At the awaited day of 27 November, millions of people received the moon with cheers, actually recognized the image of Ayatollah Khomeini and shouted ‘āllāhu akbar’ from the rooftops of their houses – which became an established sign of political disobedience in the subsequent days and weeks. The emotional change transported through this mass phenomenon was exceptional. The people of Iran ‘experienced a festive moment that sharply contrasted with the rest of that bleak bitterly cold and bloody autumn. Tears of joy were shed and huge quantities of sweets and fruits were consumed as millions of people jumped for joy, shouting ‘I’ve seen the Imam in the moon.’’
A person who didn’t see Khomeini on the moon was denounced as a “miscreant and bastard.” Today, those who fail to “trust the science” are similarly vilified.
For a moment, let’s turn to something less charged than Iran, COVID policy, or opposing totalitarians. Have you wondered why so many people who attempt to time markets buy at the top and sell at the bottom? Robert Prechter, Jr. explains herding in financial markets:
Most people get virtually all of their ideas about financial markets from other people, through newspapers, television, tipsters and analysts, without checking a thing. They think, ‘Who am I to check? These other people are supposed to be experts.’ Many people are emotionally dependent upon the ticker tape, which simply reports the aggregate short-term decision-making of others. This dependence is nearly universal, even among long-term investors. They are driven to follow the herd because they do not have firsthand knowledge adequate to form an independent conviction, which makes them seek wisdom in numbers. The unconscious says: You have too little basis upon which to exercise reason; your only alternative is to assume that the herd knows where it’s going. When a crowd is in command, participating individuals appear rational on the outside, but inside, their impulses and emotions are in control.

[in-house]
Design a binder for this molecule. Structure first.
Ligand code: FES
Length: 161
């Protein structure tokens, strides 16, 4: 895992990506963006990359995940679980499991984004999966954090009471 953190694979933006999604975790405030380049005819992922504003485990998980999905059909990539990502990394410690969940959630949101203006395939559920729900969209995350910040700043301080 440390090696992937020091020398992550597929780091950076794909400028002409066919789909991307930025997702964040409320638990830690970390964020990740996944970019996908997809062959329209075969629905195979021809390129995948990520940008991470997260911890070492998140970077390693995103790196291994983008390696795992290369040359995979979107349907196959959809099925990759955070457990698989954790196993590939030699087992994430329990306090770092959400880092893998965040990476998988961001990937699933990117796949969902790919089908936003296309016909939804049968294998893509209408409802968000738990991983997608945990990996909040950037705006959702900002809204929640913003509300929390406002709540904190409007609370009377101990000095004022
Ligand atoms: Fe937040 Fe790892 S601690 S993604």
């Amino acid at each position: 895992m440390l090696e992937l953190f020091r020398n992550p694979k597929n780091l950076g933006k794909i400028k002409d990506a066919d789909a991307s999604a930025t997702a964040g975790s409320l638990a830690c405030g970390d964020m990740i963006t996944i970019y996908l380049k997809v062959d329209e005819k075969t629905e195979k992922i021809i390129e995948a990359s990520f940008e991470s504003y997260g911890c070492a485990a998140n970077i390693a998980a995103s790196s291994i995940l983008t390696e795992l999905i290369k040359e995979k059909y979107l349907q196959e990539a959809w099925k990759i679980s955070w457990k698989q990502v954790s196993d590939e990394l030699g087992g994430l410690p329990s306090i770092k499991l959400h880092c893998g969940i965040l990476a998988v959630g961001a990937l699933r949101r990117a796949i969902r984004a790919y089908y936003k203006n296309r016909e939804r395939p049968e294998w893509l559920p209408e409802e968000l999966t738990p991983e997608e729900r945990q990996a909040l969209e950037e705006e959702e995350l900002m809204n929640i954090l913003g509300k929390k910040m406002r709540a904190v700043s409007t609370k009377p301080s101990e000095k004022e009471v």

Our financial well-being is on the line, and yet we irrationally follow the herd. Perhaps we would have more confidence in our views on issues less consequential to our well-being. Unfortunately, for many of us, that is not the case.
What happens when you are “a minority of one against a unanimous majority”? In one of psychology’s most famous experiments, Solomon Asch showed that if subjects in a group are viewing two lines, and most of the group members claim a clearly shorter line is longer, 75 percent of us might just go along. The larger the number of researcher confederates claiming the shorter line was larger, the more likely we are to agree.
If you’re sure you would go against the grain when it matters, consider Asch explained that in his experiments, the subjects had “independent [visual] access to the facts” but in many situations, we don’t. In real-life, going against the herd is harder:
The experimental arrangements ensured that each person could see with his own eyes and under optimal conditions. In this respect the present situation differs sharply from other, and frequent, forms of disagreement. Often in social life differences of judgments are about facts that are far less visible. The social and political ‘lines’ and their relations are as a rule not bluntly given in the individual’s field. Instead he often depends on others to inform him not only about the interpretation, but also about the existence of facts remote from his experience. This indirectness was here excluded. The facts were constantly present, and the individual could not help but see them as he did.
In Asch’s words, the majority “did not exert pressure in the usual sense of persuading or applying sanctions…Whatever pressure the subject felt grew solely within himself.”
During COVID, of course, the “facts” were not physically present, and sanctions were applied to many, even as they lost their jobs. Throughout COVID, many in the majority have tried to bully and shame minority voices regarding masks and vaccinations. No wonder so many went along and deified their oppressor “officials.”